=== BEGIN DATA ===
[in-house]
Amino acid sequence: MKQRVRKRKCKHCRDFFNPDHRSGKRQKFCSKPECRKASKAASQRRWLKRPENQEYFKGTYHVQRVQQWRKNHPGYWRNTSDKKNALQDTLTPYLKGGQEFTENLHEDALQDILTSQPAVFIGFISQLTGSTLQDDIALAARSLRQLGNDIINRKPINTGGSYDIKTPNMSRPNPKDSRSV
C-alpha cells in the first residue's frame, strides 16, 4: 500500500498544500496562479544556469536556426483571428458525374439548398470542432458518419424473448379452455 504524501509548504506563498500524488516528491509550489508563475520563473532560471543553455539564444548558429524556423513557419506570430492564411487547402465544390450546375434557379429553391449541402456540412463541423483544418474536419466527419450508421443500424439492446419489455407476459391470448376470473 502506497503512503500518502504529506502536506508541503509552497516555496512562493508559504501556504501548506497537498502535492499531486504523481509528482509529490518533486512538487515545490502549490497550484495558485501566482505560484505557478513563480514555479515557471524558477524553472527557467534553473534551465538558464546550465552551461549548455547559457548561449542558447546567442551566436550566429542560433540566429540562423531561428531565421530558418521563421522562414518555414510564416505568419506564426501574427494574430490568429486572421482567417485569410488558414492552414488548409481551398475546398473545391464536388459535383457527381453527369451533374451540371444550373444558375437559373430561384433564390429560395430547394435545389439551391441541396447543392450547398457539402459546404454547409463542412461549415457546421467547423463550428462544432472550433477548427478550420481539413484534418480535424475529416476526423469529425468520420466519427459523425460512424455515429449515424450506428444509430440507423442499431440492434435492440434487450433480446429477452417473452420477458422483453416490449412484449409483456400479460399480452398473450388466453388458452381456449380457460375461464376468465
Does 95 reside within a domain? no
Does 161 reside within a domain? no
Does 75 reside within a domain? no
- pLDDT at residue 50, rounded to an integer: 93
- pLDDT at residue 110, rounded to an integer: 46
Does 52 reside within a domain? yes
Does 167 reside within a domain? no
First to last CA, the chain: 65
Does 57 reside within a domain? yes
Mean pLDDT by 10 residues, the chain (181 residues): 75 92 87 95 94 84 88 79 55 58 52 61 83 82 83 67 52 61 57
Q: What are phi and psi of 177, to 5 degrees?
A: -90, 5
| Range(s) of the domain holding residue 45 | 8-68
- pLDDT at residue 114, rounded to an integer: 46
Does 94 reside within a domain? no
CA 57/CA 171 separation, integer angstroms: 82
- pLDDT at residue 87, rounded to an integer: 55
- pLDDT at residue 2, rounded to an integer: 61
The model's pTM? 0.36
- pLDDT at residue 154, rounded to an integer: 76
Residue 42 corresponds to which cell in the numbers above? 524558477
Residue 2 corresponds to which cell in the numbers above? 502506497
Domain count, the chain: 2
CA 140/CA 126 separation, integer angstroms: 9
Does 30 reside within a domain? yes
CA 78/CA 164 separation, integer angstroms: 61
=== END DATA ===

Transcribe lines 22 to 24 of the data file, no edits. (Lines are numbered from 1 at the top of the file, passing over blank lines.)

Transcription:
The model's pTM? 0.36
- pLDDT at residue 154, rounded to an integer: 76
Residue 42 corresponds to which cell in the numbers above? 524558477